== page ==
Anti-diabetic agents: Anti-diabetic agents like glucophage (Metformin©) have been used in combination with diet to lower blood glucose.
Surgery: Lipohypertrophy may be treated with liposuction (areas of fat are removed with a suction-pump device that is inserted through a small incision) or lipectomy (surgical removal of fat tissue). However, results are variable and recurrence is common.
Lipoatrophy may also be treated with surgery, including lipotransfer (surgically removing fat from one area of the body and transferring it somewhere else) or implants filled with hyaluronic acid, silicone or other substances to replace lost adipose tissue.
Ephedra: Ephedra contains the chemical ephedrine, which appears to cause weight loss when used in combination with caffeine, based on the available scientific evidence. The results of research on ephedrine alone without caffeine are unclear. The amounts of ephedrine in commercially available products have varied greatly.
Thousands of toxicity reports exist on ephedra, including over 100 deaths. Avoid in patients who have a history of high blood pressure, abnormal heart rate, heart attack, stroke, seizure, eating disorders, anxiety, prostate disease, mental illness, kidney disease, stomach ulcers, heart disease, eye disease, depression, diabetes, thyroid disease or sleep problems. Avoid if pregnant or breastfeeding because ephedra may cause harm to the mother and fetus.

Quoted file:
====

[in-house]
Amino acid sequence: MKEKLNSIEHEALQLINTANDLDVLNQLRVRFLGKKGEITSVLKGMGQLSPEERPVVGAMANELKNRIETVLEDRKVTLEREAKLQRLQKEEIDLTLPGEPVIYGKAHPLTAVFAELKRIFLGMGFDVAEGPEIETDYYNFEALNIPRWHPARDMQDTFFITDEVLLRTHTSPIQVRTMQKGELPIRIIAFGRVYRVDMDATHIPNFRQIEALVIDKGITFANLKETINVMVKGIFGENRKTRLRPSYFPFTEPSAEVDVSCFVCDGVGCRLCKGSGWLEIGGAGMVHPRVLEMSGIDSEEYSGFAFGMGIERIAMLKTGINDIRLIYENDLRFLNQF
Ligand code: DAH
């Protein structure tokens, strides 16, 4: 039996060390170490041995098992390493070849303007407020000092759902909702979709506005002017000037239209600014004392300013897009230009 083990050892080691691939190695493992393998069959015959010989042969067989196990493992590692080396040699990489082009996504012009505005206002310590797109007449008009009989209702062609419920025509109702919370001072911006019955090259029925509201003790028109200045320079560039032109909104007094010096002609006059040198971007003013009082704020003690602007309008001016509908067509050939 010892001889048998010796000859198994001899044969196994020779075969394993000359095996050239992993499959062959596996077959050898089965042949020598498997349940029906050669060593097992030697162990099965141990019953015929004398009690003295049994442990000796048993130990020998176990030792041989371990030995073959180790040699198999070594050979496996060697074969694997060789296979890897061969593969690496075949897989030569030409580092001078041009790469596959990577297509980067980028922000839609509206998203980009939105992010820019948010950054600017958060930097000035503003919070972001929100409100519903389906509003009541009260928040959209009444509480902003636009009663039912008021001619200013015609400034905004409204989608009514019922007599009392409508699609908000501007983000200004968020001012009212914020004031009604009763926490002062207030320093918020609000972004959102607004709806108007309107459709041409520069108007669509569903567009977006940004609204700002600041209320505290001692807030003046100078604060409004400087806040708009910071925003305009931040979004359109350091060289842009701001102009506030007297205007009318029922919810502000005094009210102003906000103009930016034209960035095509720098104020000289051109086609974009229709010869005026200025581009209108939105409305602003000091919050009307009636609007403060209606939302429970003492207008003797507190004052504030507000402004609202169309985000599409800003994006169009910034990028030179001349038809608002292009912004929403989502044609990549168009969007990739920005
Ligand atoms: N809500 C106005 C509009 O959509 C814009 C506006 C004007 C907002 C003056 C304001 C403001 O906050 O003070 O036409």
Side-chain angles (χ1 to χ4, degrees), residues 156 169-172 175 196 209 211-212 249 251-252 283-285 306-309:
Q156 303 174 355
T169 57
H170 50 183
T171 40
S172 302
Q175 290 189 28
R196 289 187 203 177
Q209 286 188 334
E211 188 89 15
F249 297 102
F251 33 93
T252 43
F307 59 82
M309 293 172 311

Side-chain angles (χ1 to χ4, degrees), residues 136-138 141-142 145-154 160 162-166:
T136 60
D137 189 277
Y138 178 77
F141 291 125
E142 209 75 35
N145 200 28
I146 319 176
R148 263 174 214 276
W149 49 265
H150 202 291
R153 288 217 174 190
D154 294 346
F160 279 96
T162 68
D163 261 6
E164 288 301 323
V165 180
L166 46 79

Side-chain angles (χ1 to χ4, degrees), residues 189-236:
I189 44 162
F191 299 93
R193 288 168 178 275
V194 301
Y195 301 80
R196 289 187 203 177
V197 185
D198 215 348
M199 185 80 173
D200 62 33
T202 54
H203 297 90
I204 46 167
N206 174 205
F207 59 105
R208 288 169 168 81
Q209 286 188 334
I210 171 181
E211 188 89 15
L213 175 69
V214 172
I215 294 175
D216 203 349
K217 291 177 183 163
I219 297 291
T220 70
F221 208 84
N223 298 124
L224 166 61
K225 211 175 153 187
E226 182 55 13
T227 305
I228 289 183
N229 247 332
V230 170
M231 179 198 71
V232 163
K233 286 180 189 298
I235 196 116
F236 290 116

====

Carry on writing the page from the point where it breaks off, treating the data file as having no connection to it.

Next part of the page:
5-HTP: 5-HTP inhibits eating behavior in animals by altering serotonin in the brain. Studies in humans also suggest that 5-HTP may suppress appetite, reduce caloric intake and promote weight loss in obese individuals. Large, well-designed studies comparing 5-HTP with prescription appetite-suppressant drugs are needed to make a firm recommendation.
Avoid if allergic to 5-HTP. Use cautiously with history of mental disorders. Avoid if pregnant or breastfeeding due to insufficient scientific evidence of safety.
Atkins diet: The Atkins diet has been shown to reduce weight in patients. However, one study found that the drastic weight loss, which occurs at the start of the Atkins diet, does not continue after about six months.
Avoid with severe kidney disease and renal disorders. Avoid if using growth hormones. Use cautiously with mood disorders, such as depression, schizophrenia or bipolar disorder, as well as individuals using medications for these purposes. Use cautiously in athletes due to potential for muscle cramps, negative feelings towards exercise, fatigue and hypoglycemia (low blood sugar). Use cautiously with osteoporosis, gout (foot inflammation), diabetes, menstrual disorders, gastrointestinal disorders, celiac disease, skin conditions, epilepsy and cardiovascular disease. Use cautiously in malnourished individuals, vegetarians or individuals with absorption concerns. Use cautiously if taking diuretics, medications that alter cholesterol, medications that alter blood sugar, medications for seizures, steroids or nonsteroidal anti-inflammatory drugs (NSAIDS). Use cautiously in anemic individuals, individuals with thyroid concerns and in individuals with previous history of stroke or heart attack. Avoid if pregnant or breastfeeding.